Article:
artist
round game board designs...
backgammon designs...
dart board designs...
penny pitch, skully & game of chance
well worn heart
chinese checker designs...
commissions....
American Farmhouse Style Magazine
pieces of me...
 
 
 
i thought, well the holidays are coming, i should do something special in the studio....a new piece of some sort...then it struck me a new gee's bend piece would be not only a creative challenge but so special this time of year...so as my fingers went page to page, talking to my mom all the way in florida over the phone saying, 'what do you think of this one, what about this one (for she too has her own book)', i finally decided...
 
 

  

the new piece is named: Qunnie after the quilter Qunnie Pettway who was born in 1943. the piece that inspired me was her 'housetop' quilt, circa 1975.
 
 

 

(for a larger view - visit 'mill games' on the right hand column)

 

"qunnie" - 19" x 19" 

mill game piece inspired by gee's bend housetop design by Qunnie Pettway

limited edition of 15 pieces

retired

bright red, antique white

 

 

here's a small glimpse of the area of gee's bend where she lives; taken from 'the quilts of gee's bend'...(2002 Tinwood Books). Qunnie is on the right in this photo.

 

"The neighborhood has been home to many of the area's most important quiltmakers. On one of its streets, a little dogleg land of no more than 600 feet, in Roosevelt-era 'project' houses, live Leola Pettway, Lucy T. "Lunky" Pettway, Annie Bell Pettway, Arlonzia Pettway, and Lizzie Major. There will be no ongoing legacy here: the youngest quiltmakers in Sodom, and the only two even moderately active ones, are Rita Mae Pettway and Qunnie Pettway, ages sixty and fifty-nine.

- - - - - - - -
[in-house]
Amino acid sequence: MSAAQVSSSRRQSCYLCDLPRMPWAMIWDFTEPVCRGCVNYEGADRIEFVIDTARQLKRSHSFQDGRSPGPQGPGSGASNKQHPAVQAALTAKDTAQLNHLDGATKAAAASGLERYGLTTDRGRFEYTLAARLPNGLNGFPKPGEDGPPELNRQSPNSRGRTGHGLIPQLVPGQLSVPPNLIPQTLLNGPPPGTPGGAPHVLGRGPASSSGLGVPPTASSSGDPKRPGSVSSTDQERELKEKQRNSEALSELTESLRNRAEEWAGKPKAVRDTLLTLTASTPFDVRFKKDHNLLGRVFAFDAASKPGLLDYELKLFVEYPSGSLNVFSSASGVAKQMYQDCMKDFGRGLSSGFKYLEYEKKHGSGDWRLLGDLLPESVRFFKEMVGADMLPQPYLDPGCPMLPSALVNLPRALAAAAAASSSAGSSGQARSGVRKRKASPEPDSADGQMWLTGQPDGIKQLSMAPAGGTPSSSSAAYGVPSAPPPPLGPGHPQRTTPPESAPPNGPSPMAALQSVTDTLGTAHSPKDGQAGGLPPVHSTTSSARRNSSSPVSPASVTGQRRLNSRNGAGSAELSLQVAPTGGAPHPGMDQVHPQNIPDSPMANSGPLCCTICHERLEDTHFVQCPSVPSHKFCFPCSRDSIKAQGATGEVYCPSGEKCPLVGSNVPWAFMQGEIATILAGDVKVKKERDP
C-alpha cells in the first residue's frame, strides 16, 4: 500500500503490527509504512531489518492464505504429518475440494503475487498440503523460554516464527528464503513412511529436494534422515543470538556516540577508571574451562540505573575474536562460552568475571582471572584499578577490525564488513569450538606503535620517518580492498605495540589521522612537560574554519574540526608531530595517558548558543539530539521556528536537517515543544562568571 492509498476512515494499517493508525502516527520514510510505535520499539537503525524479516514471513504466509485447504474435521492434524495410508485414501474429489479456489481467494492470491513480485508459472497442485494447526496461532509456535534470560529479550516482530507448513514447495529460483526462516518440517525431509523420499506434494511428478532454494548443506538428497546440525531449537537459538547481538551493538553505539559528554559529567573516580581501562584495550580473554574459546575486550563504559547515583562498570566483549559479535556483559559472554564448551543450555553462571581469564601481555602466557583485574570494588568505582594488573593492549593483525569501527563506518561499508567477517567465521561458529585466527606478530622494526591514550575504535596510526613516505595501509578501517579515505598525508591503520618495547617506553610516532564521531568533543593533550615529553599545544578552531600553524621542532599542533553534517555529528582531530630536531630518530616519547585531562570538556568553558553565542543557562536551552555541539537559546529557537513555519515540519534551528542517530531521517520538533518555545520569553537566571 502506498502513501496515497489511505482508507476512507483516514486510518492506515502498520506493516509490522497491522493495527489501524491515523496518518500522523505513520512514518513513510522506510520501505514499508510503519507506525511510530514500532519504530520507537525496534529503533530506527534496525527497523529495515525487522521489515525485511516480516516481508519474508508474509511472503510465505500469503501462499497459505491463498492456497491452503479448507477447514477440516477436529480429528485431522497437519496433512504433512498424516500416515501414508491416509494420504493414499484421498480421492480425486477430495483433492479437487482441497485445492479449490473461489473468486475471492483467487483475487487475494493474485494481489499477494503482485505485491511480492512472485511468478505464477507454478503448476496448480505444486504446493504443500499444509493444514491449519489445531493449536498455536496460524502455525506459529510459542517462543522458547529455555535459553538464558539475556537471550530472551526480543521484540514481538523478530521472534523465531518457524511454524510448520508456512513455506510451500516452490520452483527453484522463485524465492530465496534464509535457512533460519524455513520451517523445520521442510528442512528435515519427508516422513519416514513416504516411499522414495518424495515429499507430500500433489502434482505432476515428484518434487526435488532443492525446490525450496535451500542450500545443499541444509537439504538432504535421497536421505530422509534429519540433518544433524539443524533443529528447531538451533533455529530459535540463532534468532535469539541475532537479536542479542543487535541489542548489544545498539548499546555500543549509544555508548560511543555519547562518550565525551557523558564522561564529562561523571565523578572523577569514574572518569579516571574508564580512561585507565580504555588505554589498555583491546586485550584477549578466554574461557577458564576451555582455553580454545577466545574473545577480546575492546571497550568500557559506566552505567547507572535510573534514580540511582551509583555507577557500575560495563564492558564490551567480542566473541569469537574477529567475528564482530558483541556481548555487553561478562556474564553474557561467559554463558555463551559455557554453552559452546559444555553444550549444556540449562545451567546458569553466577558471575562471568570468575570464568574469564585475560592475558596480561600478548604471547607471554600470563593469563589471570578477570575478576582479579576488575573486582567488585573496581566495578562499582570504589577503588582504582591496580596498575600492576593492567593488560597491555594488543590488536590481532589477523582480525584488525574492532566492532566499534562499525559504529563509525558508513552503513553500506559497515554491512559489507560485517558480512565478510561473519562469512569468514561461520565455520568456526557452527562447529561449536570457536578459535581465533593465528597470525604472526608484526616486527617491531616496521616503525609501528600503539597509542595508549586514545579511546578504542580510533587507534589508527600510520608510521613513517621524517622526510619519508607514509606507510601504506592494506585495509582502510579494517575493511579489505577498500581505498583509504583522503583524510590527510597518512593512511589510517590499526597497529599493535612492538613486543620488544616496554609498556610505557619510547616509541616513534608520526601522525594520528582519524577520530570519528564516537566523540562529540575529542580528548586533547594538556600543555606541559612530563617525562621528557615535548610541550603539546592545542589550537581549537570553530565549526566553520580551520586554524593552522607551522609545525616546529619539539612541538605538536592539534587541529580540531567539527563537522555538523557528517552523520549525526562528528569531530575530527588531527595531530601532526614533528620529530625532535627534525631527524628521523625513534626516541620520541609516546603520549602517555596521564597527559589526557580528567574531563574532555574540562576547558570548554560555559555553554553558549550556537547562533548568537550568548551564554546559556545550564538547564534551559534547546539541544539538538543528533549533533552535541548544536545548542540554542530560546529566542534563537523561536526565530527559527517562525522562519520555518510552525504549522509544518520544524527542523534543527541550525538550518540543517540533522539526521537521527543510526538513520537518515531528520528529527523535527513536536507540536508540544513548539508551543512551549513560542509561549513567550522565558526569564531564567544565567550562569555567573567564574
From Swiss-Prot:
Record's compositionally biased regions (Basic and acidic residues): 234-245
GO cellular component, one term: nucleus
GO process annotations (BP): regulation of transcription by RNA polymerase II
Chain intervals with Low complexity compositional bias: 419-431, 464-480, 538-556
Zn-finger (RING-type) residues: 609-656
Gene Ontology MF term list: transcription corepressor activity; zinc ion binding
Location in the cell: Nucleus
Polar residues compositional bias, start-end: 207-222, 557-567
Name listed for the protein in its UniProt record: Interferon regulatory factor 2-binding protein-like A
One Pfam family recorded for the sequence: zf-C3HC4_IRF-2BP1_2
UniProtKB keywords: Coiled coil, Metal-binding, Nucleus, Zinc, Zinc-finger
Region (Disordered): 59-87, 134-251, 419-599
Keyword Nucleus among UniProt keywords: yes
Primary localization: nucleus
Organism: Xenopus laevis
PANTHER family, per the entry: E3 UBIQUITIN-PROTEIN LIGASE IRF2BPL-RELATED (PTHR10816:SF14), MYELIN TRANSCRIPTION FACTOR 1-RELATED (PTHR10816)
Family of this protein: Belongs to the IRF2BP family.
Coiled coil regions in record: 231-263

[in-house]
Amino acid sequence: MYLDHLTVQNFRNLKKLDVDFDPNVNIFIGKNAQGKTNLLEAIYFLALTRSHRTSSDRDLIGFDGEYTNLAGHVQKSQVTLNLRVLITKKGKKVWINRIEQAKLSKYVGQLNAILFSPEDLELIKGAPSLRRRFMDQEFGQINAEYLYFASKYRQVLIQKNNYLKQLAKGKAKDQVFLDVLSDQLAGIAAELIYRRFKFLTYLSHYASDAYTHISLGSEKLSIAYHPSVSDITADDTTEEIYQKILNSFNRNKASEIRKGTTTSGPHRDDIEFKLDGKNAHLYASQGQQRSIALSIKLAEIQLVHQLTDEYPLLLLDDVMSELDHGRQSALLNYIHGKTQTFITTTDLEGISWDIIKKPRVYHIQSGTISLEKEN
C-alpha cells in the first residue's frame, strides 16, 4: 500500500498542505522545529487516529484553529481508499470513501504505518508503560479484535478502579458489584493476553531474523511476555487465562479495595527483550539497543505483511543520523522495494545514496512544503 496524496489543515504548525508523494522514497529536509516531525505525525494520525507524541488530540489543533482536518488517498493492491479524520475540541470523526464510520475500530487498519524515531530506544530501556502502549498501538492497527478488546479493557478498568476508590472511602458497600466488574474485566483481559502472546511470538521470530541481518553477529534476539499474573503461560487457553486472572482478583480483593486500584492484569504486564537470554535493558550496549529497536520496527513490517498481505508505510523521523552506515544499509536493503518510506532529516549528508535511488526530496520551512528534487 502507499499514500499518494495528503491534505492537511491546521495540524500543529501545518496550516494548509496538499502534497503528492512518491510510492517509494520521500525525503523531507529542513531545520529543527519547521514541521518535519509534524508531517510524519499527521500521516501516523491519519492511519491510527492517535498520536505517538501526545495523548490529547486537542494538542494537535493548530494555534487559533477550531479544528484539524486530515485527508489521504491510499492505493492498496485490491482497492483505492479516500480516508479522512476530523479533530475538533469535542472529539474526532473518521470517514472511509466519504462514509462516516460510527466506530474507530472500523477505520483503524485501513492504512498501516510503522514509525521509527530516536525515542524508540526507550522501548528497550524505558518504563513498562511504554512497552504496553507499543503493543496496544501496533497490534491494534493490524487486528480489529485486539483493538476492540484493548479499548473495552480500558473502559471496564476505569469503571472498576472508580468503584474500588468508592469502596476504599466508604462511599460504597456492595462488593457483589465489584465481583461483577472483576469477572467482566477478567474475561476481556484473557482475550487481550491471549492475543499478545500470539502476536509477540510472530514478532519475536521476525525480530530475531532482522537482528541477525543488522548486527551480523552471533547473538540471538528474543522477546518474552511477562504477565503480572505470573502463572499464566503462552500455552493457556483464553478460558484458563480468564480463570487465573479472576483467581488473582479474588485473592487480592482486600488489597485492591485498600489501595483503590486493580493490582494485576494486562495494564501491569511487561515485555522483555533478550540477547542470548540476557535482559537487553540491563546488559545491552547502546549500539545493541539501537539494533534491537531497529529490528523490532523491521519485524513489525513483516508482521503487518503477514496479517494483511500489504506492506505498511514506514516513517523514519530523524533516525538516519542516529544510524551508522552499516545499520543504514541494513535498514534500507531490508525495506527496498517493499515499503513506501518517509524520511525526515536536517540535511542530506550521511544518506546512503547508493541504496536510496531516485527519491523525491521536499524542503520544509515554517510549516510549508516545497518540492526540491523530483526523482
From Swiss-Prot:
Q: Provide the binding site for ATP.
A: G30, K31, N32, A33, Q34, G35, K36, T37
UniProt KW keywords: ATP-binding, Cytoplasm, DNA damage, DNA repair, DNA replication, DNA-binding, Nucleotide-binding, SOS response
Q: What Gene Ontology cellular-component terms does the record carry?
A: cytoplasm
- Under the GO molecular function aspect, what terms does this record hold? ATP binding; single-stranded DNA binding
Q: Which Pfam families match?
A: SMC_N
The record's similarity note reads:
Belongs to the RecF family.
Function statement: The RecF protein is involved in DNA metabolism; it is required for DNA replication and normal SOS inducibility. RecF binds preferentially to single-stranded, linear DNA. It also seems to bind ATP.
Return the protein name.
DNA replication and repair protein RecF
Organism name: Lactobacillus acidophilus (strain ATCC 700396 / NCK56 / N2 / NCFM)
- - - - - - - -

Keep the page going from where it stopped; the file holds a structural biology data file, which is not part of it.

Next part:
tonight as i was reading through the book gathering information and searching the internet for more history on Qunnie, I sadly came to her recent obituary. i was truly saddened for this life that is now gone, but her work and inspirations will live on. my new game board takes on an even more special tone to me, for i hope i did her proud...


Qunnie Pettway:

"The great-granddaughter of Dinah Miller who is said to have arrived in the United States aboard a slave ship from Africa - the Clotilde which docked in Mobile Bay, Alabama prior to the Civil War. Qunnie learned to quilt House Tops under the tutelage of her mother, Candis Pettway. In 1960 after she married, she found her unique artistic voice and began making patterned quilts including Wedding Ring - which she learned from her sister - Chestnut Bud, Bear Paw and Crazy Z. Qunniea’s daughter, Loretta P. Bennett is one of the youngest quilters actively creating extraordinary quilts today."